U.S. patent application Ser. No. 09/328,726, filed on Oct. 26, 1998, by Collins et al. describes a MultiPrime cryptographic scheme which uses a composite number modulus having more than two prime factors. In accordance with the MultiPrime cryptographic scheme, a public key E (including a composite number modulus n and a public exponent e) is determined. A plurality of k (wherein k is an integer greater than 2) random large, distinct prime numbers, p_{1}, p_{2}, . . . p_{k }are developed and checked to ensure that each of (p_{1}−1), (p_{2}−1), . . . , and (p_{k}−1) is relatively prime to the number e. Preferably, the prime numbers p_{1}, p_{2}, . . . p_{k }are of an equal length L in bits. However, the system allows for some asymmetry in that the prime numbers may have unequal lengths. Then, the composite number n is defined in accordance with relationship (9) below,
n=p _{1} ·p _{2} ·, . . . ·p _{k} (9)
As further explained below, the composite number n provides a modulus for encoding and decoding operations, and the prime numbers p_{1}, p_{2}, . . . p_{k }are referred to as the prime factors of the modulus n. The prime numbers p_{1}, p_{2}, . . . p_{k }must satisfy three general criteria in order to be used in a MultiPrime cryptographic system. The prime numbers p_{1}, p_{2}, . . . p_{k }must satisfy the criteria of being distinct, random, and suitable for use in the MultiPrime cryptographic system.
In order to be distinct, the prime numbers p_{i}=p_{1}, p_{2}, . . . p_{k }must satisfy constraint (10), below.
p_{i}≠p_{j }for i≠j (10)
In order to be considered random, each of the prime numbers must be produced with equal likelihood and uniformly across the allowed range of values, and they must be statistically independent, that is the prime numbers must satisfy the constraint (11), below:
P(p _{l} =p _{B} p _{i} =p _{A})=P(p _{i} =p _{B}) (11)
wherein P(p_{j}=p_{B}) is the probability that p_{j }takes the value p_{B }and P(p_{j}=p_{B}p_{i}=p_{A}) is the probability that p_{j }takes the value p_{B }knowing that p_{i }has the value p_{A}.
In order to be suitable for use in the MultiPrime cryptographic system, the prime numbers p_{i}=p_{1}, p_{2}, . . . p_{k }must satisfy the constraints (12a) and (12b), below.
2^{L1} <p _{1} ·p _{2} · . . . ·p _{k}<2^{L} (12a), and
e does not have any common divisors with p_{i}−1 (12b)
Stated alternatively, constraint (12b) requires that each prime p_{i }must satisfy the relationship; GCD(e, p_{i}−1)=1. This constraint requires that the public exponent e and (p_{i}−1) be relatively prime. If e and (p_{i}−1) have a common divisor greater than 1, then p_{i }must be rejected as a suitable key prime.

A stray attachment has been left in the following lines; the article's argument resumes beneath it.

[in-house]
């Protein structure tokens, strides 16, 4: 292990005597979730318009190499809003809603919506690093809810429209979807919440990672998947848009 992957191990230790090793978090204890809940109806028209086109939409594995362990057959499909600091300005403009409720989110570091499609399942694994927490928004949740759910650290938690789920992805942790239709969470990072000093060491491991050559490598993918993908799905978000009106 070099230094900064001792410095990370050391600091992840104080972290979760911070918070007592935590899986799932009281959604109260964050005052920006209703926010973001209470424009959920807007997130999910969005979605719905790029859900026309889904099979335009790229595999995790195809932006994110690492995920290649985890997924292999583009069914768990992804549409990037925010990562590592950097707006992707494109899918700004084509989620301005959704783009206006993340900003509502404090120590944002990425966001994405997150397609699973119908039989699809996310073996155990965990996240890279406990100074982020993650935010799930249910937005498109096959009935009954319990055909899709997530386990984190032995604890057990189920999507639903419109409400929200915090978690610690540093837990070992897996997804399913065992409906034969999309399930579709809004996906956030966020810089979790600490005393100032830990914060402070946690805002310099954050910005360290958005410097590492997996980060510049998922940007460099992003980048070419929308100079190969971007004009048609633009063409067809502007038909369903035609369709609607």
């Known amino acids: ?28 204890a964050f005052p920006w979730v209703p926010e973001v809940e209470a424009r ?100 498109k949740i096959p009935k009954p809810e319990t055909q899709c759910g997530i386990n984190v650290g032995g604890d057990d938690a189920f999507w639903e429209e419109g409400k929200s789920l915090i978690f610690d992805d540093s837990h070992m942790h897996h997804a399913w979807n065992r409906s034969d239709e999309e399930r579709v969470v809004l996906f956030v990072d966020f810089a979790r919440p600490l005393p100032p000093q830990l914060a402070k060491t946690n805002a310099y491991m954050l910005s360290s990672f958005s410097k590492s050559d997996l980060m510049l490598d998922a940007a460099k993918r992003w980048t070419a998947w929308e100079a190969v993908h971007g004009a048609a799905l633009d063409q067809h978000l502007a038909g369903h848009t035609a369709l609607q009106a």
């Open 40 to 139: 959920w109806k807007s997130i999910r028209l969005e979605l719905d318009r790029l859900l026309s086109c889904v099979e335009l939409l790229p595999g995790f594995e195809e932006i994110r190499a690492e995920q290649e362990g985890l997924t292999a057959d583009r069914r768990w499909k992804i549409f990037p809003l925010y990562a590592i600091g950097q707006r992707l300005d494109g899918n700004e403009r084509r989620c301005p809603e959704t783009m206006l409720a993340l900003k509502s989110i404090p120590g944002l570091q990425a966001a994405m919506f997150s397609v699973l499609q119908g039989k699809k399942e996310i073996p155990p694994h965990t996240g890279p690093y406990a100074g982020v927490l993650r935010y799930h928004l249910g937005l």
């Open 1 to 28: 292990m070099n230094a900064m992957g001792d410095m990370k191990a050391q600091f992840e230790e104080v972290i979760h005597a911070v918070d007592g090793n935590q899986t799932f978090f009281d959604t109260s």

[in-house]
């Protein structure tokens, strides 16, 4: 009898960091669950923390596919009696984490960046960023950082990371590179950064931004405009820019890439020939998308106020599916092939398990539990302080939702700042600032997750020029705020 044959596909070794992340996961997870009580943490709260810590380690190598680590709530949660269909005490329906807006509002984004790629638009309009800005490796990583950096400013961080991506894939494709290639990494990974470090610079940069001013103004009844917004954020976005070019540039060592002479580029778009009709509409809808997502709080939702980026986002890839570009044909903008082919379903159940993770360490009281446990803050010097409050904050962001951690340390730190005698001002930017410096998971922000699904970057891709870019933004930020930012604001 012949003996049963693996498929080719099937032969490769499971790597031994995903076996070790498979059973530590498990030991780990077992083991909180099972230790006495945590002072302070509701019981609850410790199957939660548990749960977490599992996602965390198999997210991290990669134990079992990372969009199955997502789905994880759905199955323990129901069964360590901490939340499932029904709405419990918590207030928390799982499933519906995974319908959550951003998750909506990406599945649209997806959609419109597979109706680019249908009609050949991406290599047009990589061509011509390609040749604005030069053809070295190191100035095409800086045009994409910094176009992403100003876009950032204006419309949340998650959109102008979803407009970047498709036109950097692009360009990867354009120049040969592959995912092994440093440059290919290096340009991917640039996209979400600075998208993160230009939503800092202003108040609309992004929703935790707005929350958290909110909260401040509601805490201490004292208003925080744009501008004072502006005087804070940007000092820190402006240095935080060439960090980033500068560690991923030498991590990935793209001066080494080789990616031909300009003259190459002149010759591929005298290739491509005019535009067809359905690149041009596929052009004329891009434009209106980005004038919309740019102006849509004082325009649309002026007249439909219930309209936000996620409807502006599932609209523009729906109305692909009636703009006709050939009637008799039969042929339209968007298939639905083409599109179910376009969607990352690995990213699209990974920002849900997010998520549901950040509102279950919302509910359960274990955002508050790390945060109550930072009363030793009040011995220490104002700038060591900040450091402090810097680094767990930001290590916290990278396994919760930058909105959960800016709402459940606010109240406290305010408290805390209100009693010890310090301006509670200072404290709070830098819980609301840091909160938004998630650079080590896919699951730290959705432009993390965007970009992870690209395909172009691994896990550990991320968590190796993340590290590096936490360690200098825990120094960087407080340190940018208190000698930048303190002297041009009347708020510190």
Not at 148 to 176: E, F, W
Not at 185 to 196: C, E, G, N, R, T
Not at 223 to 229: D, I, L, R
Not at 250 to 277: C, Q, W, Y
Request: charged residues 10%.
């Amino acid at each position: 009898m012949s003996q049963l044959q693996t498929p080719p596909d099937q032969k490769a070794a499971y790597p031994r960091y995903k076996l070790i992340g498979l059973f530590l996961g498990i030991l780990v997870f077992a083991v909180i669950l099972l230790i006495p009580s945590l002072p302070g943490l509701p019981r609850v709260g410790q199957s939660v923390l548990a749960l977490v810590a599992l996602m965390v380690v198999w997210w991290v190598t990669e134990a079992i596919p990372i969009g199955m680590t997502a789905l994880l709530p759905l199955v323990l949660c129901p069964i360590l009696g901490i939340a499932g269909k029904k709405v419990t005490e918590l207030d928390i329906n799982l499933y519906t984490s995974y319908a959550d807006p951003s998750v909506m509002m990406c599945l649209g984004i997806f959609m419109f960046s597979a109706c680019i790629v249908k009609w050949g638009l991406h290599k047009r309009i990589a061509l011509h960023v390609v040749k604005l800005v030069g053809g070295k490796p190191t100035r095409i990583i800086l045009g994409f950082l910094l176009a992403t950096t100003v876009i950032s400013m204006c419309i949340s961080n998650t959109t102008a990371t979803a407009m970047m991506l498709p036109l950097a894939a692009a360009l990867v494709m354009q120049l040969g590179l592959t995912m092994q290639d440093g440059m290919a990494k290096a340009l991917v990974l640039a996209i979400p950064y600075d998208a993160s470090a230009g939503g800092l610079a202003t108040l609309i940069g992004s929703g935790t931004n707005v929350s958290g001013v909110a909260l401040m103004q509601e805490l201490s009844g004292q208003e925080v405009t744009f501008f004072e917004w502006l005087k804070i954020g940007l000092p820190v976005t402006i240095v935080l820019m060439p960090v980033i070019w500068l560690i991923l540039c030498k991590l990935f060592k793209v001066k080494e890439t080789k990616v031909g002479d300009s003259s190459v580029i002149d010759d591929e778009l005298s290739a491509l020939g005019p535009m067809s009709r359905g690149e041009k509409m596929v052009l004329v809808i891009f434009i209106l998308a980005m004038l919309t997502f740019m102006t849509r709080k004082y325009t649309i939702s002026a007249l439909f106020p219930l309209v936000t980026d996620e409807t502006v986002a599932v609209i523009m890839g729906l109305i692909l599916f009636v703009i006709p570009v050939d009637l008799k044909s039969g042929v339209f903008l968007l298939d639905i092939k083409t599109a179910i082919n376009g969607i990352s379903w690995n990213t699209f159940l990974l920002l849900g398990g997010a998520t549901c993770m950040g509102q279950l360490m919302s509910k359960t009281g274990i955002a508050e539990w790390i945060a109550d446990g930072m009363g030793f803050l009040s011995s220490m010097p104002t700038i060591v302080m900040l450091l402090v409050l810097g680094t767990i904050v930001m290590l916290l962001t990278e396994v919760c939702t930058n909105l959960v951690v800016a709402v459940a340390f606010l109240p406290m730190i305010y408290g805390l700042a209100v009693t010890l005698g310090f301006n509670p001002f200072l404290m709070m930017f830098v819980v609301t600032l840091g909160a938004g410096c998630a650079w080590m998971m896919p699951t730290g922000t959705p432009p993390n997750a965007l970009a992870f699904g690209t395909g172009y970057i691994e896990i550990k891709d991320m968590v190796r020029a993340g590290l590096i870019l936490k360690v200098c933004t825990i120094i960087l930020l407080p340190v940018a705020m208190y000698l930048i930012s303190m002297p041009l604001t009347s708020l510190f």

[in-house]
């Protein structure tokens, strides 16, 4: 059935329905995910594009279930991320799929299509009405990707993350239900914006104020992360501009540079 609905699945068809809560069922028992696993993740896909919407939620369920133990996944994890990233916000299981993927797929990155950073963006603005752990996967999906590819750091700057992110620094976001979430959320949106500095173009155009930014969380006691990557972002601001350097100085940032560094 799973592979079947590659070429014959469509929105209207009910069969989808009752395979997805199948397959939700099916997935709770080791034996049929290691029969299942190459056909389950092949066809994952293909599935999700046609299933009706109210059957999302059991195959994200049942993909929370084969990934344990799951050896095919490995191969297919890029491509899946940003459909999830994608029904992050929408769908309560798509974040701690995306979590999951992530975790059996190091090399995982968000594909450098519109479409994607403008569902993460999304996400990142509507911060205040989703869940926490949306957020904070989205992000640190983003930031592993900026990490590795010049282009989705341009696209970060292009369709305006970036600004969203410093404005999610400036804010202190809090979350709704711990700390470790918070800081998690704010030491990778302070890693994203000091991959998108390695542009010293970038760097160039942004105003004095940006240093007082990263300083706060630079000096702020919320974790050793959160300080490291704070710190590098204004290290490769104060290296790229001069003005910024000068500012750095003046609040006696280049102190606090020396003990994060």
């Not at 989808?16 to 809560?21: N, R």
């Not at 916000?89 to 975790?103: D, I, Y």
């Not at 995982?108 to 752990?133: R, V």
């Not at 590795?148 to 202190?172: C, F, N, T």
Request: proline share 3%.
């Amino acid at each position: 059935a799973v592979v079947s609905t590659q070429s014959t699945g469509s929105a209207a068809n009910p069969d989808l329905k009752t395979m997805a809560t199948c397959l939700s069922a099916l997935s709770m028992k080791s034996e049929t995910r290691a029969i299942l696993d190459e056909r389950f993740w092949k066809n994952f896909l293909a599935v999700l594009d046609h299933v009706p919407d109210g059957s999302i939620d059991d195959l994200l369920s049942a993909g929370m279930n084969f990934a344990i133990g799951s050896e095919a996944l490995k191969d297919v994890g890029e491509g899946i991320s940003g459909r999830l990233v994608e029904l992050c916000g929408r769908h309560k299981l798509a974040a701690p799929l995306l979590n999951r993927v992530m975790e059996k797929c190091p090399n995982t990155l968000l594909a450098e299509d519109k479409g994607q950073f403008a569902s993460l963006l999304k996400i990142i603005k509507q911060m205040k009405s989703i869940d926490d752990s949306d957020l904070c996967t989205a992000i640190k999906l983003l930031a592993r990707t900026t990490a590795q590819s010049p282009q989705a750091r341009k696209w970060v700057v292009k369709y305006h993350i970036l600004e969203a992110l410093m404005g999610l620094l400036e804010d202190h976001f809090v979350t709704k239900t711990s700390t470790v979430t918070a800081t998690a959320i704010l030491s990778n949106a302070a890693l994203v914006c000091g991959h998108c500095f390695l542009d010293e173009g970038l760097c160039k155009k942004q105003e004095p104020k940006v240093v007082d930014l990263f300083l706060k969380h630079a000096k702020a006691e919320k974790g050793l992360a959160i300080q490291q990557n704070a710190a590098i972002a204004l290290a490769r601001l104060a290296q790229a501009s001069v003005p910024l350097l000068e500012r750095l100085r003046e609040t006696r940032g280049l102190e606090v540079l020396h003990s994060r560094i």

It is also noted here that there is an alternative statement of this constraint on the primes which may be considered for use in the RSA cryptographic system. This constraint is reflected in the linear congruency of relationship (13), below.
e·d≡1 mod φ(n) (13)
where φ(n) is Euler's totient function. Here, d is the private exponent and is the multiplicative inverse of e mod φ(n) where e is the public exponent. The Totient function may be expressed in accordance with relationship (14), below.
φ(n)=(p _{p1}−1)·(p _{2}−1) . . . ·(p _{k}−1) (14)
where n=p_{1}·p_{2}· . . . . ·p_{k }
The linear congruency of relationship (13), above has a solution d if and only if GCD(e, φ(n))=1. That is, the public exponent e must be relatively prime to φ(n). This means that e must not have common divisors with (p_{1}−1) or (p_{2}−1) . . . or (p_{k}−1).
A decryption key D, including the composite number n and the private exponent d, is established in accordance with relationship (15), below
d≡e ^{−1 }mod((p _{1}−1)(p _{2−1}) . . . (p _{k}−1)) (15)
In the most common application of the Multiprime cryptographic scheme, a plaintext message M is encoded to ciphertext C by an encoding process using the public key E wherein the prime factors p_{1}, p_{2}, . . . p_{k }are not known by the sender. In this application, the encoding process of the multiprime scheme is performed in accordance with relationship (3), reprinted below.
C≡M ^{e}(mod n), (3)
wherein
0<M<n−1, (3)
The decoding process of the MultiPrime scheme provides for decoding the ciphertext word C to a receive message word M′. The decoding step is usually performed using the private exponent d as a decryption exponent that is defined by relationship (16) below.
d≡e ^{−1 }mod ((p _{1}−1)(p _{2}−1) . . . (p _{k}−1)), (16)
The Multiprime cryptographic decoding process includes a first step of defining a plurality of k subtasks in accordance with relationships (17) below.
The values d_{1}, d_{2 }. . . d_{k }are referred to as subtask private components. The above recited subtasks are then solved to determine results M_{1}′, M_{2}′ . . . M_{K}′ which are subsequently combined in accordance with a combining process to produce the receive message word M′, whereby M′=M.
The Chinese Remainder Theorem provides a mathematical proof which proves the existence of a unique solution to the subtasks described in accordance with the congruency relationships (17) above. These are many different forms of Chinese Remainder Algorithms which may be used to combine the results of these subtasks to provide a solution.